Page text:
“[You really want to be able to] capitalize on that data when they’re in the brick-and-mortar space,” he concludes, bringing it back again to the importance these innovations have in improving that customer experience first and foremost.
When asked what the greatest barriers were, Dickson touched on a theme that has long been a major one in the tech space: what to do with all of this data.
“Getting to the data this is maybe most important to that transaction while they’re in the restaurant is maybe the biggest challenge,” he contends.
“The other one is dynamically understanding how to present data to the consumer when they’re in that restaurant,” he continues, given that customers are only there for a few minutes and that ‘creating a brand affinity’ within that space has to be lightning quick.
Radke then had a chance to interview William Stanton, Director of Cloud Engineering and DevOps at Jersey Mike’s Subs. When asked what excited him the most, he also noted AI, but rather for back office support to support operations in making automated decisions.
When it comes to integrations, he notes that the sheer volume of API and third-party integrations out there are all secure together; in other words, to see these integrations as a holistic process where a business needs to try and keep the wider IT picture in mind.
Radke then moves to Karl Goodhew, CTO at BurgerFi, to ask what trends stand out to him. He emphasized the need to, again, focus on the customer, balancing what they need and want with the operational needs your business needs to operate securely and safely.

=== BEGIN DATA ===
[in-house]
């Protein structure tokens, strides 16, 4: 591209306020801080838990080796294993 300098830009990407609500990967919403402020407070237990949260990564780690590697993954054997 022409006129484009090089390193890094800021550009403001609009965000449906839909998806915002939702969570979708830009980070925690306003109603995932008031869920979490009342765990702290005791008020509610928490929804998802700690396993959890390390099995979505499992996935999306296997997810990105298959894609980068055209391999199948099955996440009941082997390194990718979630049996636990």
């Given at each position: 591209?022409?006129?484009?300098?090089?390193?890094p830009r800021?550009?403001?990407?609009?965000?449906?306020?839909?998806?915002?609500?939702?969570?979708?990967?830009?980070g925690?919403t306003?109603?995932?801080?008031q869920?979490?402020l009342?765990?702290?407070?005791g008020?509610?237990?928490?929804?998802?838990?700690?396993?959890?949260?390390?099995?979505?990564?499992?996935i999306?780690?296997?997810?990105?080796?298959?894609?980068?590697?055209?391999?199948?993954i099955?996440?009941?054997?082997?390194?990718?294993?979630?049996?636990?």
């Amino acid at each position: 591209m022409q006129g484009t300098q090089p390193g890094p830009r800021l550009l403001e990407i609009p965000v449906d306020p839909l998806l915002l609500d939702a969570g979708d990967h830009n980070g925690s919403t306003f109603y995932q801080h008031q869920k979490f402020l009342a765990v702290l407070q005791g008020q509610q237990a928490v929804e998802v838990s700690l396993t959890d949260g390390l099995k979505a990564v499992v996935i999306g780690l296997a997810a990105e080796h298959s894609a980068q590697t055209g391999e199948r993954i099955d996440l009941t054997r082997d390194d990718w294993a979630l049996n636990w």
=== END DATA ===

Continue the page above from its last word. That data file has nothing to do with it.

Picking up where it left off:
Specifically, Goodhew speaks to the way tech can speed up processes without replacing the human element, rather repositioning your ‘real’ employees to a more hospitality-focused role, elevating the customer experience.
Radke wraps up his tour with Tom Seeker, CIO at Earl Enterprises. When asked what he thought was going to change the industry, his answer was clear: anything that helps to understand the customer better while making rapid, real-time adjustments and changes to meet their needs.
When asked about cybersecurity, Seeker noted that the greatest concern is employees and customers introducing threats unwittingly (Radke notes that 70-90% of breaches involve human error).
However, he concludes on that all-important theme of personalization, noting that data can tie ‘data to faces’ to create better customer solutions in a way previously the domain of only the most expert customer agents.
Across the event, several themes stood out including a multitude of key takeaways. To recap, the message of the day was ultimately fairly straightforward: when looking to integrate new technologies, you first need to know your business and your customers as intimately as you’re able with the tools currently available to you.
Once you move to execution, you have to choose the right tools for the job, whether that’s AI’s real-time translation services (say, if you have a customer base that is multilingual) or stronger support for your operations teams.
Lastly, each stage of the process has to be done with security in mind: with the sheer volume of data and services out there today, IT threats are set to multiply exponentially.
In that sense, IT security isn’t a goal with a finish line, but a continual strategic posture that requires decision leaders to be both alert and adroit when considering risks, always integrating the appropriate training and safeguards to reduce the risk factors presented by simple human error.
It may sound like a lot, but it all builds on long-established principles of good business: offer your customer what they need as efficiently as they can, and you’ll generate loyalty.